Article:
MIAMI — Negotiations over the future of Aer Lingus appear to be nearing the finish line as the Irish government has signaled it is ready to sell the 25.1% stake of the carrier. The purchase by IAG, parent company of British Airways, Iberia and Veuling, has been under debate since the Board of Directors for Aer Lingus indicated its willingness to accept such an offer in January of this year. The government did not agree quite so quickly, holding out for better guarantees on the future of the Aer Lingus brand and operations as the merger is effected. Recent additional promises on that front from IAG have secured the decision.

Like many airline deals one of the main sticking points was related to departure slots at London’s Heathrow airport. The value of these slots has been contested throughout the negotiations and there was concern that IAG might pull them from the short-haul service in order to add more long-haul routes and flights. Aer Lingus currently holds 23 slot pairs and the government wanted assurances that these slots would continue to be used for connecting Ireland to London and beyond. IAG’s initial offer was a 5-year guarantee on that front while the government sought 10; the reported deal settled on 7 years.

Beyond the Heathrow slots the real reportedly includes an additional 4 transatlantic routes for the Aer Lingus operation, eight new aircraft and more than 600 new jobs by the end of the decade. The employment is also a significant one for the company but CEO Stephen Kavanaugh, in a letter to Irish Transportation Minister Paschal Donohoe, suggested that the use of Irish crew bases “will remain our preferred operating model provided that Aer Lingus continues to be competitive and efficient (as it is today).”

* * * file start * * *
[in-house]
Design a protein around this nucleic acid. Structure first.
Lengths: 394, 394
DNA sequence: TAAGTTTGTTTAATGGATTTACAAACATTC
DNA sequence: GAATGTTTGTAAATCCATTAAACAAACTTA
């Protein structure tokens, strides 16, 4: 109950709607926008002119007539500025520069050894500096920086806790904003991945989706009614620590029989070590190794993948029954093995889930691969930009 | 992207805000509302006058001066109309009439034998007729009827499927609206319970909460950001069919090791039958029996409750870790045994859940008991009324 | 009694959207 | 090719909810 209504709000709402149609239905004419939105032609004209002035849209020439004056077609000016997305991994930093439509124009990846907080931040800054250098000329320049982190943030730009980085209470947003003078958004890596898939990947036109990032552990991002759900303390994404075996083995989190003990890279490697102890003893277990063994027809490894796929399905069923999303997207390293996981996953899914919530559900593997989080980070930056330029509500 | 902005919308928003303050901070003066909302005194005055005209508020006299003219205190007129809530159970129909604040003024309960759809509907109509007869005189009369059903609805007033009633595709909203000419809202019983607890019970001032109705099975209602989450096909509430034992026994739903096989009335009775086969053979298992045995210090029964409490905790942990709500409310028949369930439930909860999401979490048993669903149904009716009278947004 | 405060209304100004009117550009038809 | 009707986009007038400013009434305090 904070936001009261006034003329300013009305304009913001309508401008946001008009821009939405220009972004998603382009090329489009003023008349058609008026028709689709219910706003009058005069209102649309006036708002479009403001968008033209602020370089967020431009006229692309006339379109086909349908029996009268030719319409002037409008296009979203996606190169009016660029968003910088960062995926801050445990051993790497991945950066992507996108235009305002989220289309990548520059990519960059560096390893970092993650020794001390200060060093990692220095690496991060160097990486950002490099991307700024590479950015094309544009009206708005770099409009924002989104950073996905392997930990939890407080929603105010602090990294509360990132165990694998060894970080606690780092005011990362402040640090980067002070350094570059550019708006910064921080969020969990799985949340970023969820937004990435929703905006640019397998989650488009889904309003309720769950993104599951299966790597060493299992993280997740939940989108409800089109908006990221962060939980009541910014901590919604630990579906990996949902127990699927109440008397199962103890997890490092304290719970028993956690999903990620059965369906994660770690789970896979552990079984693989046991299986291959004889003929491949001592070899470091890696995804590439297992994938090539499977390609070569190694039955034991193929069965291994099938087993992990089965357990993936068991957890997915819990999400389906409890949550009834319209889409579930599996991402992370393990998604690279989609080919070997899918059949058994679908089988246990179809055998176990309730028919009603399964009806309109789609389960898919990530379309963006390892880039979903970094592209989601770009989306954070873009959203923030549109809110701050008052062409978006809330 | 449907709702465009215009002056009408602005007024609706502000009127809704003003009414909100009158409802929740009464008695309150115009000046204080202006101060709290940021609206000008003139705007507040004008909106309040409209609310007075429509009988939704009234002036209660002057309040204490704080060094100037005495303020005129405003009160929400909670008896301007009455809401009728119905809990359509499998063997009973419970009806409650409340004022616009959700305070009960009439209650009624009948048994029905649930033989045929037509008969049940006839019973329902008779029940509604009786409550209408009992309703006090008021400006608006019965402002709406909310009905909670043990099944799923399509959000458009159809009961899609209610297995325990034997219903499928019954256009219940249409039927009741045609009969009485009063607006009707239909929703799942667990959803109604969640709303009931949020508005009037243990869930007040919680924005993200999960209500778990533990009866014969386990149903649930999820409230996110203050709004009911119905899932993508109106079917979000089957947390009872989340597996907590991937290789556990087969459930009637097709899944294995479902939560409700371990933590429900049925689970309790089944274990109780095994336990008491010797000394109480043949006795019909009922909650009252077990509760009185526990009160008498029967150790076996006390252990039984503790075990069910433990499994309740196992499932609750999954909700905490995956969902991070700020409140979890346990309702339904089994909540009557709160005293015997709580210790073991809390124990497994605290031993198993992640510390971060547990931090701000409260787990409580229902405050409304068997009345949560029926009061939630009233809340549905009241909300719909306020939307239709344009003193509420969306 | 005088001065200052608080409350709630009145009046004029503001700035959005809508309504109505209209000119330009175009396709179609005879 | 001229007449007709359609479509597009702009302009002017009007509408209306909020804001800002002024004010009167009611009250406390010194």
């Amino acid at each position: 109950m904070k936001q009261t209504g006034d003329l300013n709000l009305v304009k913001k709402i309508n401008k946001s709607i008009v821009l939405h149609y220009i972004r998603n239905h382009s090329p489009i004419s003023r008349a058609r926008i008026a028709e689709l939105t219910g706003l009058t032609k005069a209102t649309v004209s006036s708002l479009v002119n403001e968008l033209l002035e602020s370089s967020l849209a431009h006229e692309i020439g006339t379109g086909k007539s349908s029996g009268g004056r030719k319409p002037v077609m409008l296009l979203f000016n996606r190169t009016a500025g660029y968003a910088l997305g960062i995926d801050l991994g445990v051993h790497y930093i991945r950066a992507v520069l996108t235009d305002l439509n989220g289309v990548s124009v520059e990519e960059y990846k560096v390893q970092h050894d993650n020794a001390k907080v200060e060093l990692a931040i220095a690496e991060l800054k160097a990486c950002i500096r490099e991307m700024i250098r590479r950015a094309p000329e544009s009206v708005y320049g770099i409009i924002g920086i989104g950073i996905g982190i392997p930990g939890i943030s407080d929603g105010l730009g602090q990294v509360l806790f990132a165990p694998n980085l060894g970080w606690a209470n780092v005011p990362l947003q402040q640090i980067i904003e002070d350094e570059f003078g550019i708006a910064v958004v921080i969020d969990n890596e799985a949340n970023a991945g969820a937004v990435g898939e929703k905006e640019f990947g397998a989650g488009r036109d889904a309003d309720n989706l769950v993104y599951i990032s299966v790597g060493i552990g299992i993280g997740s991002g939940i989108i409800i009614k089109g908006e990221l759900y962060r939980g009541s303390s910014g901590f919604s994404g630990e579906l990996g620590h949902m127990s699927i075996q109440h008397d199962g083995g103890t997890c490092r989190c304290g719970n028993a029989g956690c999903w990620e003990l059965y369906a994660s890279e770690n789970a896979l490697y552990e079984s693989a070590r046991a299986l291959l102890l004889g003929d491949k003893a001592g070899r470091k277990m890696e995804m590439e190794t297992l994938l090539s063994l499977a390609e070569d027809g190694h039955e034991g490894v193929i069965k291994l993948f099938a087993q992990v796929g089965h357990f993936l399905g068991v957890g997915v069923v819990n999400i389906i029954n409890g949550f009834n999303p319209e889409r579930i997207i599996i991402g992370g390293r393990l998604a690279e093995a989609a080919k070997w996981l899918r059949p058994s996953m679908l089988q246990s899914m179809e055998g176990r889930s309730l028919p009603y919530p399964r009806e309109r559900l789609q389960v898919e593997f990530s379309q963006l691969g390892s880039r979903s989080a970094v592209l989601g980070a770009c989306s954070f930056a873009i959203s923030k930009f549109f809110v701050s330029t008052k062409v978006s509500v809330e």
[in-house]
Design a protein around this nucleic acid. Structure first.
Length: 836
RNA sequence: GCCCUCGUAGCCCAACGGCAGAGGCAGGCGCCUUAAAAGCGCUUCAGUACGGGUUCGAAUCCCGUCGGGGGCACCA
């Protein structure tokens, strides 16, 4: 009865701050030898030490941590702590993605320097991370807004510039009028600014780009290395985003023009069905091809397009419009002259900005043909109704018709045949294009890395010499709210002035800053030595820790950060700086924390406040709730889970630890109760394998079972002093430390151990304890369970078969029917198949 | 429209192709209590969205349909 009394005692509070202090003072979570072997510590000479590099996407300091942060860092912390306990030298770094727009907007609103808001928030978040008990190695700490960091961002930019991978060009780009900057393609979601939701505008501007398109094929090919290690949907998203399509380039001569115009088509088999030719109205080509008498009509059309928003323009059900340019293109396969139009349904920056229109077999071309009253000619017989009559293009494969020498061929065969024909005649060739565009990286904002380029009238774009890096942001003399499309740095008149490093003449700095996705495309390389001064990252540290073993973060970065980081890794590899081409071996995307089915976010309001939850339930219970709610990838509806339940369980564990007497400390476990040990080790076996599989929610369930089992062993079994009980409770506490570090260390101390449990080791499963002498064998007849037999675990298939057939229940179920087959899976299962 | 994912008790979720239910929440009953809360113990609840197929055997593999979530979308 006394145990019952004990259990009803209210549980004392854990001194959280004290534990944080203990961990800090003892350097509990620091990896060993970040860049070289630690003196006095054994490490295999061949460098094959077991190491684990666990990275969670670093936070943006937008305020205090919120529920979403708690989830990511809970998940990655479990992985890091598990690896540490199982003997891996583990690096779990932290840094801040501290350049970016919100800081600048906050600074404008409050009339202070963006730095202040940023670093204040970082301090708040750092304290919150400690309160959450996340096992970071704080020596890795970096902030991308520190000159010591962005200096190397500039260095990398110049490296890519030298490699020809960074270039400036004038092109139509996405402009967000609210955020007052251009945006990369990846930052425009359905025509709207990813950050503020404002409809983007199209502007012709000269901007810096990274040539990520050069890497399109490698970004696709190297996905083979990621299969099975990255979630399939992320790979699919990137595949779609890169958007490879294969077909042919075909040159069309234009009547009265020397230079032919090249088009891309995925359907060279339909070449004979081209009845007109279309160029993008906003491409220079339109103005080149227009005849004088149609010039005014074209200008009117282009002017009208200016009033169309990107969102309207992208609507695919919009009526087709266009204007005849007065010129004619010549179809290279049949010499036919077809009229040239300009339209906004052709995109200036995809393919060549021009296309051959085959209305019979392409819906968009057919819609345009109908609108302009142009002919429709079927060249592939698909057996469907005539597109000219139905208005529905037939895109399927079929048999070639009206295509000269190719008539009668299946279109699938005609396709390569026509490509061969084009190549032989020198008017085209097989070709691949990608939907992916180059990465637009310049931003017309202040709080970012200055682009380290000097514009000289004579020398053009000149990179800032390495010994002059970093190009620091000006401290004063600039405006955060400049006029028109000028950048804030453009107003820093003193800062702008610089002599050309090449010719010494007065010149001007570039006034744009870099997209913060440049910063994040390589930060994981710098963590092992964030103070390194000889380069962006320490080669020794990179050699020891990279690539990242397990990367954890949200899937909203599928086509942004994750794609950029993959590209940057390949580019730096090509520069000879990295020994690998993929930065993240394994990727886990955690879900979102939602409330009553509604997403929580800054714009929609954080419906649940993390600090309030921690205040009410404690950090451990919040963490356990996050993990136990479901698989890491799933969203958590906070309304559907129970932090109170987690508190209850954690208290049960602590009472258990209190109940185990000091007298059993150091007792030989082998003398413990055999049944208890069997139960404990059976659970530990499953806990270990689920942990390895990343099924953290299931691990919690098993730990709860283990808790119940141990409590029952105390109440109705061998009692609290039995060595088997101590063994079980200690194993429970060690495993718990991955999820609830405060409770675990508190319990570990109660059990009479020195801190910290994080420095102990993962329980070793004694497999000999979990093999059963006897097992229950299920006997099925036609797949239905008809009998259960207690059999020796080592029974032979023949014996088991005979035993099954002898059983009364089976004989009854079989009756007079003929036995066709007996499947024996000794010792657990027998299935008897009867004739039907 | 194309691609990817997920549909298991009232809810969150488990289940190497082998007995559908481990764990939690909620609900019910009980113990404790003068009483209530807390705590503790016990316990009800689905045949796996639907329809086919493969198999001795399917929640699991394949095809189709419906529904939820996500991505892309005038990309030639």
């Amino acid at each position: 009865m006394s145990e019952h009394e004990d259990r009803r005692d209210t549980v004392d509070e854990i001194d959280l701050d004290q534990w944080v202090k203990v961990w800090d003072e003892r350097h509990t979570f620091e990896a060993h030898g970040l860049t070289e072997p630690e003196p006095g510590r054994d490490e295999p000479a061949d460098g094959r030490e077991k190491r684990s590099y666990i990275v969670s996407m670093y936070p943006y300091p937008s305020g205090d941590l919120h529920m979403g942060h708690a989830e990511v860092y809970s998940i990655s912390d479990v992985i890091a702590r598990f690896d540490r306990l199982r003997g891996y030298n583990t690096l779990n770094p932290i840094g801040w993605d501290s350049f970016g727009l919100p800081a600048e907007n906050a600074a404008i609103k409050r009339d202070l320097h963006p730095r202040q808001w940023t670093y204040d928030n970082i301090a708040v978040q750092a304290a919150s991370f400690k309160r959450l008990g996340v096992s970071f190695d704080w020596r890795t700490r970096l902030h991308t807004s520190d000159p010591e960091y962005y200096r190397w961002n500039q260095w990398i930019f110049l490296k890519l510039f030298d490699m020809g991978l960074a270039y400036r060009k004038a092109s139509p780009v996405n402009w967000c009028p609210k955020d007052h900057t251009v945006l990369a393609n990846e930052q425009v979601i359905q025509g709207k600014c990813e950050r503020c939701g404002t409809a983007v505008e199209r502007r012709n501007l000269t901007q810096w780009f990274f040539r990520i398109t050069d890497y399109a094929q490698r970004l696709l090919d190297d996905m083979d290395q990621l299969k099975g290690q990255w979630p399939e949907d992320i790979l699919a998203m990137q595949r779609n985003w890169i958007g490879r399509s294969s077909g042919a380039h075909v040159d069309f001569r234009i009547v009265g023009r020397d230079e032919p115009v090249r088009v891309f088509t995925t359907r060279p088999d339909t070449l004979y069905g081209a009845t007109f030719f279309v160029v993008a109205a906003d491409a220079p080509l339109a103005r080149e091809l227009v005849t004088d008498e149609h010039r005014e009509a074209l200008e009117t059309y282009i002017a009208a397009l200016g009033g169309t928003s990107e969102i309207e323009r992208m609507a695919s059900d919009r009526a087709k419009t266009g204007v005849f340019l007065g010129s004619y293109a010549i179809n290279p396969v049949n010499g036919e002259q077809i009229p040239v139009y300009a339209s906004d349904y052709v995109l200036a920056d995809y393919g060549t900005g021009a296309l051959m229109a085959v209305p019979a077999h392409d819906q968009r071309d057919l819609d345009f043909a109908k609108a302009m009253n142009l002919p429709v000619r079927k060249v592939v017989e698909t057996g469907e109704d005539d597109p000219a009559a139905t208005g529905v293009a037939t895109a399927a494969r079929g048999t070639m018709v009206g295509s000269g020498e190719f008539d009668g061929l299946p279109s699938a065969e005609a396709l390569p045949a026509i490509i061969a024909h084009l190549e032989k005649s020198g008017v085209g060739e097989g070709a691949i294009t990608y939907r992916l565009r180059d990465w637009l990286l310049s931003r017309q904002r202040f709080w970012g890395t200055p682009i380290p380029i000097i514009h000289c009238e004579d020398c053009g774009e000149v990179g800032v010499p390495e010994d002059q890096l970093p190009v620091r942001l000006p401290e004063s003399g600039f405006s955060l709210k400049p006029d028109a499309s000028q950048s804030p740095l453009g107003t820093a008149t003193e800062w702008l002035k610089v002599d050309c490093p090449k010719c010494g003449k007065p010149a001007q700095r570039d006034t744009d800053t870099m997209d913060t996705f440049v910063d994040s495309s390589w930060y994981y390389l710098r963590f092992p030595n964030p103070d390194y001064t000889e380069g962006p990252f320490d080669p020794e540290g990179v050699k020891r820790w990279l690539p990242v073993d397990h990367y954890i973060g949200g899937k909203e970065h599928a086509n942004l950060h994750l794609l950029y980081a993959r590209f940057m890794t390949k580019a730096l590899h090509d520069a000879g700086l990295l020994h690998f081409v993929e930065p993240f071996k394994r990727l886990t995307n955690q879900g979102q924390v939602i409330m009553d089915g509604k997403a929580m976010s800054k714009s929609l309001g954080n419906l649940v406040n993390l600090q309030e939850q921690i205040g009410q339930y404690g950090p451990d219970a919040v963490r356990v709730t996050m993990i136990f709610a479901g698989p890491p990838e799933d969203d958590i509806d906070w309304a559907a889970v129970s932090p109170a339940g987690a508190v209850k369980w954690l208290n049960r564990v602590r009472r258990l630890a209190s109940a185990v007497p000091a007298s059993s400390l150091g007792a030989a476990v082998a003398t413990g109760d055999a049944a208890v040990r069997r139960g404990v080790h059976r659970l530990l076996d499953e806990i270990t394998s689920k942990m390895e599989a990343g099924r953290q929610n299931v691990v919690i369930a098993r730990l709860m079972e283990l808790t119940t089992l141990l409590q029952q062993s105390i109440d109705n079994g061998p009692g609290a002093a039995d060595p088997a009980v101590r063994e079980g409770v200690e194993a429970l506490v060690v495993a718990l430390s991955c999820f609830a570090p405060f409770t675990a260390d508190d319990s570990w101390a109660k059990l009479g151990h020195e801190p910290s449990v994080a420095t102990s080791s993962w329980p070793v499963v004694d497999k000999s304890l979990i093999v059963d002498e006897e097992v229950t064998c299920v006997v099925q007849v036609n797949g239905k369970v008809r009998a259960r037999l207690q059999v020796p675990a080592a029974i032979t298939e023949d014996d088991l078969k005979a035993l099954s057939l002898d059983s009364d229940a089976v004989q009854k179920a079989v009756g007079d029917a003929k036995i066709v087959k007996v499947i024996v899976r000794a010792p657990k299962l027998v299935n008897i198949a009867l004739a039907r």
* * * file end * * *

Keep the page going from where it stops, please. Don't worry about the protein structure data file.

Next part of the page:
Adding the financial and operational support of the IAG behemoth offers plenty of potential for improvements and efficiencies in the Aer Lingus brand, particularly in the face of pension funding demands and fleet renewal efforts. The company has seen operating profits return as the Irish economy improves but that is unlikely to be enough to buoy the carrier as an independent operation long-term without significant capital investments. Upgrades to long-haul premium cabins have just started to fly, for example, allowing Aer Lingus to compete better in the transatlantic markets. Continuing that growth will further aid in improving the revenue and profit numbers for the company. Although it has not yet been discussed it seems likely that Aer Lingus would also aim to join the transatlantic joint venture with IAG and American Airlines to further allow for coordination of pricing and schedules on those routes.

Adding Aer Lingus to the IAG family also allows for more of the US-bound, non-London passengers to connect in the much smaller and easier Dublin or Shannon airports rather than via Heathrow, especially as additional westward routes are launched. This sort of synergy – using the smaller airport for connections while the larger focuses on origin & destination (“O&D”) traffic which is typically higher yielding. Plus the Irish airports offer pre-clearance of immigration and customs for US-bound passengers, further improving the travel experience. The east-bound passenger connections from Ireland would still flow via London but the shift would allow more efficient and higher yielding use of the Aer Lingus Heathrow slot portfolio while still expanding the Dublin-based operations.

Of course, this all depends on the deal actually closing and all parties holding to their word, but it appears that is the direction the business is headed.